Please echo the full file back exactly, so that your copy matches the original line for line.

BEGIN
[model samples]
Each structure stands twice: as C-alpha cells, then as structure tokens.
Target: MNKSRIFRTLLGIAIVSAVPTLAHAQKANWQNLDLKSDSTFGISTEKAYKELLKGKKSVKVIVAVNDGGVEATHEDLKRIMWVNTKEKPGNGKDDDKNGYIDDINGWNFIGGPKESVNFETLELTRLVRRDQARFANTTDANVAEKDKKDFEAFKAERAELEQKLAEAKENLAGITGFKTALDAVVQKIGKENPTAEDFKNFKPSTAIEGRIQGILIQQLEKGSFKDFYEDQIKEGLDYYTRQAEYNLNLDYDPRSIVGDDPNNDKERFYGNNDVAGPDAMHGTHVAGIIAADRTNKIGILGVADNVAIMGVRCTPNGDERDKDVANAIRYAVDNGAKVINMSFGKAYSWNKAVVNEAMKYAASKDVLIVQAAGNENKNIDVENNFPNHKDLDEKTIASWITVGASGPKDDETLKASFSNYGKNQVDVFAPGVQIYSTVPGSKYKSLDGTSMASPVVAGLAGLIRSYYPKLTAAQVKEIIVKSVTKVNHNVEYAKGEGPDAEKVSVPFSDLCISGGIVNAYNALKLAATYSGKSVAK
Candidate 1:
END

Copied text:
[model samples]
Each structure stands twice: as C-alpha cells, then as structure tokens.
Target: MNKSRIFRTLLGIAIVSAVPTLAHAQKANWQNLDLKSDSTFGISTEKAYKELLKGKKSVKVIVAVNDGGVEATHEDLKRIMWVNTKEKPGNGKDDDKNGYIDDINGWNFIGGPKESVNFETLELTRLVRRDQARFANTTDANVAEKDKKDFEAFKAERAELEQKLAEAKENLAGITGFKTALDAVVQKIGKENPTAEDFKNFKPSTAIEGRIQGILIQQLEKGSFKDFYEDQIKEGLDYYTRQAEYNLNLDYDPRSIVGDDPNNDKERFYGNNDVAGPDAMHGTHVAGIIAADRTNKIGILGVADNVAIMGVRCTPNGDERDKDVANAIRYAVDNGAKVINMSFGKAYSWNKAVVNEAMKYAASKDVLIVQAAGNENKNIDVENNFPNHKDLDEKTIASWITVGASGPKDDETLKASFSNYGKNQVDVFAPGVQIYSTVPGSKYKSLDGTSMASPVVAGLAGLIRSYYPKLTAAQVKEIIVKSVTKVNHNVEYAKGEGPDAEKVSVPFSDLCISGGIVNAYNALKLAATYSGKSVAK
Candidate 1: